More than 17,170 Palestinians have been killed and 46,000 wounded, according to the Gaza health ministry, since Oct. 7, when Israel began bombarding Gaza in response to a cross-border rampage by Iran-backed Hamas militants, who control the enclave. The Hamas attack killed 1,200 people, with 240 people taken hostage, according to Israel’s tally.

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The Israeli military on Friday said 92 of its soldiers had been killed in Gaza fighting since its ground incursions began on Oct. 20.

CEASEFIRE DEMAND AT UN AS GAZA FIGHTING RAGES

Hundreds more Palestinians were killed as Israel fought Hamas militants in the Gaza Strip’s biggest cities on Thursday – 350 people, according to Gaza health ministry spokesperson Ashraf Al-Qidra. Israel said its forces killed a number of gunmen in Khan Younis, including two who emerged firing from a tunnel.

Arab states have renewed their push for an immediate humanitarian ceasefire in Gaza, with United Arab Emirates asking the U.N. Security Council to vote on Friday morning on a draft resolution.

The United States and ally Israel oppose a ceasefire, saying it would only benefit Hamas. Blinken is due to meet top diplomats from Arab states, including Egypt, on Friday in Washington.

The draft was amended to say both “the Palestinian and Israeli civilian populations must be protected in accordance with international humanitarian law” and to “demand the immediate and unconditional release of all hostages.”

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A resolution needs at least nine votes in favour and no vetoes by the five permanent members – the United States, Russia, China, France or Britain – to be adopted. The U.S. does not support any further action by the council at this time.

As pressure mounts on Israel over the civilian toll of its war to destroy Hamas, the Palestinian Authority is working with U.S. officials on a plan to run Gaza after the war is over, Bloomberg News reported.

Citing Palestinian Prime Minister Mohammad Shtayyeh, it said the preferred outcome would be for Hamas to become a junior partner under the Palestinian Liberation Organization (PLO), helping to build a new independent state that includes the West Bank, Gaza and East Jerusalem.

“If they (Hamas) are ready to come to an agreement and accept the political platform of the PLO, then there will be room for talk. Palestinians should not be divided,” Shtayyeh said, adding that Israel’s aim to fully defeat Hamas is unrealistic.

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KEREM SHALOM BORDER CROSSING TO OPEN

In a development that should help smooth the way for more humanitarian aid to reach Gaza, Israel agreed to a U.S. request to open the Kerem Shalom border crossing for the inspection of trucks and their cargo, a U.S. official said on Thursday.

Egypt, along with the United Nations, has been lobbying Israel to speed up an inspection process, which requires the vehicles to drive to Egypt’s border with Israel before looping back to Rafah. The number of trucks crossing daily has dropped to fewer than 100, from nearly 200 during a Nov. 24-Dec. 1 truce, according to the United Nations.

Kerem Shalom sits at Gaza’s southern border with Israel and Egypt and the crossing was used to carry more than 60% of the truckloads going into Gaza before war erupted two months ago.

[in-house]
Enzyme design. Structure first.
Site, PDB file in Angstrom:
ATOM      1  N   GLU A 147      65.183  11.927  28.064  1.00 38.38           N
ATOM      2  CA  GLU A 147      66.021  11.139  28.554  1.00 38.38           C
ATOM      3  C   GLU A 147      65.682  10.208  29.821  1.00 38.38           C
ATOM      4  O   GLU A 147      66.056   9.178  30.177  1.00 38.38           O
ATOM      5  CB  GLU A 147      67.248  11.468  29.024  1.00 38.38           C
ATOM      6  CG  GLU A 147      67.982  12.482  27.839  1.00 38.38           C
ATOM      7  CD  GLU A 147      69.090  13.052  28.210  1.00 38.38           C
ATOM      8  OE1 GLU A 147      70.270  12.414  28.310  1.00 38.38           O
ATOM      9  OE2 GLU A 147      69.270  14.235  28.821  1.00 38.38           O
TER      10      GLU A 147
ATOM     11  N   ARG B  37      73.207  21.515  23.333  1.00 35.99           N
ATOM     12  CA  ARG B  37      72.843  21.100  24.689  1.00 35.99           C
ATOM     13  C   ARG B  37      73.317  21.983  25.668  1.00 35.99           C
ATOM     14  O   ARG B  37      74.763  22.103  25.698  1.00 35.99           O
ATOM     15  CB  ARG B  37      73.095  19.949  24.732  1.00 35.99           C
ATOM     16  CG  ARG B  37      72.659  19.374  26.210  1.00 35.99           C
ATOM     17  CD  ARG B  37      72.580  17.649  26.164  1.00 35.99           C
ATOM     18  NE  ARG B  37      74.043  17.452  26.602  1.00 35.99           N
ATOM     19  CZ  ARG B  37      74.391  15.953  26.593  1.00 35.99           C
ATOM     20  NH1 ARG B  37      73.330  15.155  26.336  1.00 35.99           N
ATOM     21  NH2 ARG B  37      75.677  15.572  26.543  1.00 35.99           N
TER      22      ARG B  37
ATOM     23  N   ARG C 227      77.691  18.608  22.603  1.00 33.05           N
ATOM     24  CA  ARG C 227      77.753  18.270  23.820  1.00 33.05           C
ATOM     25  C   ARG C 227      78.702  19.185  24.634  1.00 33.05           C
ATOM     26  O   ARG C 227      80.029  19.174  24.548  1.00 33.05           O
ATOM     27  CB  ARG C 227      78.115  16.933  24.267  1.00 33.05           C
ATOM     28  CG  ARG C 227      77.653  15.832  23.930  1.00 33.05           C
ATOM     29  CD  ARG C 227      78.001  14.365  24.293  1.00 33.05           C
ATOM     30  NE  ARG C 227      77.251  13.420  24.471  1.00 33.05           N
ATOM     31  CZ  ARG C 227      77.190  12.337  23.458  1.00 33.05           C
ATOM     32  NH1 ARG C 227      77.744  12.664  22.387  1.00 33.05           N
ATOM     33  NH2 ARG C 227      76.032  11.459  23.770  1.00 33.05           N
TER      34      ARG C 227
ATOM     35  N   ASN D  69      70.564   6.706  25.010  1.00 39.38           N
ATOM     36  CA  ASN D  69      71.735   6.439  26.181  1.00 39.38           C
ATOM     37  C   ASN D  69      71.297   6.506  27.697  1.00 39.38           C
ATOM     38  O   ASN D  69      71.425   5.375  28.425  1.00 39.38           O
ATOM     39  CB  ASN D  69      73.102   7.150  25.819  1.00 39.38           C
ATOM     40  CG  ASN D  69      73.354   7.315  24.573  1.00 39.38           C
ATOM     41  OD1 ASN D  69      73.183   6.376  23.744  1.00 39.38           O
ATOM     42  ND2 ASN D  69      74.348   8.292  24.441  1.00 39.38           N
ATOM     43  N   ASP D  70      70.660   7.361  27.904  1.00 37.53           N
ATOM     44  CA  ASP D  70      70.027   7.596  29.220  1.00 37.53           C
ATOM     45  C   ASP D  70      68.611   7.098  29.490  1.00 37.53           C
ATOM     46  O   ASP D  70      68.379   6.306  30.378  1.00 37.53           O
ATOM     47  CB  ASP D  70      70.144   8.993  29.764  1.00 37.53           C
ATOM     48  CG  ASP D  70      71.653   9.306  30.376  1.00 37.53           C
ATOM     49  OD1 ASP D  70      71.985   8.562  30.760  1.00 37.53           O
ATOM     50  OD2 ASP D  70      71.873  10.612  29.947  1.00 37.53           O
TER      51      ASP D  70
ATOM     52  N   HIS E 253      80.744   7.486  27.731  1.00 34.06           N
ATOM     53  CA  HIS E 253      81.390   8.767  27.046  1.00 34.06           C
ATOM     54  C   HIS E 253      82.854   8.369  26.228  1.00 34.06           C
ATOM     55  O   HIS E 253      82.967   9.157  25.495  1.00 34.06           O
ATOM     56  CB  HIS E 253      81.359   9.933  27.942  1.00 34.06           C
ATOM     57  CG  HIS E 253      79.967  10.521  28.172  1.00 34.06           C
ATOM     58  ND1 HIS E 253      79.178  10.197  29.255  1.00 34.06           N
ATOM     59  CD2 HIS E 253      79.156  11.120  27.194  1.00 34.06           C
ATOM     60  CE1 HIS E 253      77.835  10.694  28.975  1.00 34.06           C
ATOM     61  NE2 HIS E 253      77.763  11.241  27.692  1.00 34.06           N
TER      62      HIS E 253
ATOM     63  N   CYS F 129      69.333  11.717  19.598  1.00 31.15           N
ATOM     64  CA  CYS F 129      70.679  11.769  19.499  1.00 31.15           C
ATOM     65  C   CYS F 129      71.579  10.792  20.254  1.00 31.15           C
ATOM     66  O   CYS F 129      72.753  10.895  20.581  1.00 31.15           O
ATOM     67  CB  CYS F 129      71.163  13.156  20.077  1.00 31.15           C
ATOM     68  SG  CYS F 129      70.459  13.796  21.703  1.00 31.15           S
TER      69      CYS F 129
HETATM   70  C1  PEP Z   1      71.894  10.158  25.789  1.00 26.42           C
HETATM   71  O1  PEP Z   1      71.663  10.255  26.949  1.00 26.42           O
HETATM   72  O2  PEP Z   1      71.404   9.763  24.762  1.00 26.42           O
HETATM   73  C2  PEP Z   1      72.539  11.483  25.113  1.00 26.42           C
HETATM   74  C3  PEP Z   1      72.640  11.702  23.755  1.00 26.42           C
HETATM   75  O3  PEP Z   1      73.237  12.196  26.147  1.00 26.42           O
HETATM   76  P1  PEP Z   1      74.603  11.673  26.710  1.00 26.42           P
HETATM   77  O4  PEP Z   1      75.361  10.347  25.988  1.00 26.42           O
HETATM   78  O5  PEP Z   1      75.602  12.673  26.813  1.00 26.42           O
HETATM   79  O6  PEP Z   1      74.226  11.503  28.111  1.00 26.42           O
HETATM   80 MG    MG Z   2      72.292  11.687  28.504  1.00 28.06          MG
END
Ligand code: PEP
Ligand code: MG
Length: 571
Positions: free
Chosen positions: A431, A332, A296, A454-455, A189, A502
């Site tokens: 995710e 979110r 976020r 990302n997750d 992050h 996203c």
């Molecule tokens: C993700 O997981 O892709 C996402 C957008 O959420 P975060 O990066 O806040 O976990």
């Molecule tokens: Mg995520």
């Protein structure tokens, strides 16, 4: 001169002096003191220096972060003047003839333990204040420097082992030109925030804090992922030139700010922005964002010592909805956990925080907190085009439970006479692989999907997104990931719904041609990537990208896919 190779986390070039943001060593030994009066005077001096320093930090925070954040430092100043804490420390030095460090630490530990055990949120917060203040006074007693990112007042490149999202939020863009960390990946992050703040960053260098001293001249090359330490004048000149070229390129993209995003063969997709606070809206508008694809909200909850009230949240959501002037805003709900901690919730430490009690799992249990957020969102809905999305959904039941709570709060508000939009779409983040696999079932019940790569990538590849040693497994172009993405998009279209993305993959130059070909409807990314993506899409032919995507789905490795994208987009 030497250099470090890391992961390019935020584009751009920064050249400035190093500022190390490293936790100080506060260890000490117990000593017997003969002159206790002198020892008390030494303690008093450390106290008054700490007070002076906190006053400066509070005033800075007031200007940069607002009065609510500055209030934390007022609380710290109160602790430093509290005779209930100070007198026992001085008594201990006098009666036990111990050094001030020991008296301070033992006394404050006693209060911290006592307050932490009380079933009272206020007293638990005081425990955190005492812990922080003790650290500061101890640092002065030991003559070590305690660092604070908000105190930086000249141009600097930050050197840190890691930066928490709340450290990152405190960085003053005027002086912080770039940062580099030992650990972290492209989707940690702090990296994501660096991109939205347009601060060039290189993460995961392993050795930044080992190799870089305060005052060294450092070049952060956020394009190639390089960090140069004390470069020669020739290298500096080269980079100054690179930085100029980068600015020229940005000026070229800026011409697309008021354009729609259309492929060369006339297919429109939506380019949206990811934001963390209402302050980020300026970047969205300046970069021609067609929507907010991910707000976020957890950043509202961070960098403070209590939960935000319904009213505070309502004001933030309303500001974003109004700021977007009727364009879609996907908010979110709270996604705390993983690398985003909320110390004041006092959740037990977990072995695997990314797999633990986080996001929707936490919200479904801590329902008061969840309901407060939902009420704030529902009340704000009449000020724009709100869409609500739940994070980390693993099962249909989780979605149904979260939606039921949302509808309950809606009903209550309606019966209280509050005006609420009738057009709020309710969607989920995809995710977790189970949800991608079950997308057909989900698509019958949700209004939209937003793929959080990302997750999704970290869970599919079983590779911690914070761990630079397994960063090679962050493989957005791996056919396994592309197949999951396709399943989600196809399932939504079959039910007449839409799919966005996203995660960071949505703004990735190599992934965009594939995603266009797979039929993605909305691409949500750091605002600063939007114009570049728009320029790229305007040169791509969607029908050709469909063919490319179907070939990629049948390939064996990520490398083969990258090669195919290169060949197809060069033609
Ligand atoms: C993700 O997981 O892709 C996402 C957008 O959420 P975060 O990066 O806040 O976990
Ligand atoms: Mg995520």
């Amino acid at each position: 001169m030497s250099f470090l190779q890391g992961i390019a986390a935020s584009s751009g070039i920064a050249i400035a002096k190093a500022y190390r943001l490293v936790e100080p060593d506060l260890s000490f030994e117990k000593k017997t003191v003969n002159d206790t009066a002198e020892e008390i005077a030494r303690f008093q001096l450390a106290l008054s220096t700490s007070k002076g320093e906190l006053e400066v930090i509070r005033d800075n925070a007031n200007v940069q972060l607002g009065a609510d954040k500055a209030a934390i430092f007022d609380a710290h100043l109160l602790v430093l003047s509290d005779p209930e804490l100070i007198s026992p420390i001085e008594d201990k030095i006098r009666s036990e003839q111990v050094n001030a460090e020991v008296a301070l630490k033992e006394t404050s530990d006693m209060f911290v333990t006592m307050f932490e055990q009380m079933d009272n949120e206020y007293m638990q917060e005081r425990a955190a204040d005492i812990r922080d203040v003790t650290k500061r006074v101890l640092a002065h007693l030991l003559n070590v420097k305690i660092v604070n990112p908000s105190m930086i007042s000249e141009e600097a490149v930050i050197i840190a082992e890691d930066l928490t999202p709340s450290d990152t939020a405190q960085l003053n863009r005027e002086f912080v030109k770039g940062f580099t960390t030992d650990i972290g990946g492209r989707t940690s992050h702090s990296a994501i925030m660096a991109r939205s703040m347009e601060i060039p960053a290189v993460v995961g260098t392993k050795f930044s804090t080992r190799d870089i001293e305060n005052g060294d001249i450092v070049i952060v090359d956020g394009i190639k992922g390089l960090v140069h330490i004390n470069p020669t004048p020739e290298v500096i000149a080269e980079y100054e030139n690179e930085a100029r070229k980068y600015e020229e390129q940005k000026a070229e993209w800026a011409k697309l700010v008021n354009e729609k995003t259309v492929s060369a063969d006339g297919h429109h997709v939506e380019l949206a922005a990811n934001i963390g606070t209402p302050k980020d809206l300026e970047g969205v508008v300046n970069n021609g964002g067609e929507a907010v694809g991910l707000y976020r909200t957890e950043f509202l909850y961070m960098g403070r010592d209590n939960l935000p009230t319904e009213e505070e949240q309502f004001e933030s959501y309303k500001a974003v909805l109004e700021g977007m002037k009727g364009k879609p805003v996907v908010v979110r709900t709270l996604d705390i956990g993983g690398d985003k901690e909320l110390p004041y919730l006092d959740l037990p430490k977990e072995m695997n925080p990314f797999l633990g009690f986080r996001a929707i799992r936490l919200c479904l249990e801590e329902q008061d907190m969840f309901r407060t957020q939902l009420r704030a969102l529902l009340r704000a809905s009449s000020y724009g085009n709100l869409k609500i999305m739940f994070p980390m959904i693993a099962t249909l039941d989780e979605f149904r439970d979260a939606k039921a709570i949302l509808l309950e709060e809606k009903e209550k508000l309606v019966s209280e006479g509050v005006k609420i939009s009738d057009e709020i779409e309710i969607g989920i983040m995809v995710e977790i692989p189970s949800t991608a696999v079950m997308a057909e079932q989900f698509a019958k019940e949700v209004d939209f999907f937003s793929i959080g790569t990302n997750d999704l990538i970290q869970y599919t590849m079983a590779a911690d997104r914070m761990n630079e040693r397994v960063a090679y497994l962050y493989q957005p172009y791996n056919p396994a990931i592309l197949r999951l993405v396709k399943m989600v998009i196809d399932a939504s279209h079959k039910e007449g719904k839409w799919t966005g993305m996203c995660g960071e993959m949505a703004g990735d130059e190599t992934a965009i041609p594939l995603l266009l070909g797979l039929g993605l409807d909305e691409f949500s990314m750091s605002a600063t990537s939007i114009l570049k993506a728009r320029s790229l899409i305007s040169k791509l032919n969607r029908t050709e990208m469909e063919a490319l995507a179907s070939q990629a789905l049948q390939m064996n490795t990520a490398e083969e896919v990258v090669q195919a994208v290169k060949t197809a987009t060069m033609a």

With no end in sight to the fighting, a top White House national security aide, Jon Finer, said the United States had not given Israel a firm deadline to end major combat operations against Hamas in the Gaza Strip.

There are many “legitimate military targets” remaining in south Gaza, including “much if not most” of the Hamas leadership, Finer said at the Aspen Security Forum in Washington.

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Meanwhile, hostages still held by Hamas have been kept incommunicado in Gaza despite Israel’s calls on the Red Cross to arrange visits and verify their wellbeing.

Marking two months since Hamas’ attack, the start of the Jewish festival of Hanukkah was a solemn moment for many in Israel.

Idit Ohel, whose son Alon, 22, was kidnapped by Hamas gunmen from an outdoor music festival where 364 people were killed, said she was hoping for a miracle.

“He doesn’t know it’s Hanukkah. I don’t think he knows the days, what’s day, what’s night,” said Ohel. “But he’s in our hearts all the time.”

Reporting by Bassam Masoud in Gaza, Maayan Lubell in Jerusalem, Humeyra Pamuk and Simon Lewis in Washington; Ahmed Mohamed Hassan in Cairo, Michelle Nichols at the United Nations and Gabrielle Tétrault-Farber in Geneva; writing by Grant McCool and Stephenj Coates; editing by Diane Craft

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Humeyra Pamuk is a senior foreign policy correspondent based in Washington DC. She covers the U.S. State Department, regularly traveling with U.S. Secretary of State. During her 20 years with Reuters, she has had postings in London, Dubai, Cairo and Turkey, covering everything from the Arab Spring and Syria’s civil war to numerous Turkish elections and the Kurdish insurgency in the southeast. In 2017, she won the Knight-Bagehot fellowship program at Columbia University’s School of Journalism. She holds a BA in International Relations and an MA on European Union studies.

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Armenia and Azerbaijan announce deal to exchange POWs and work toward peace treaty

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Armenia and Azerbaijan announce deal to exchange POWs and work toward peace treaty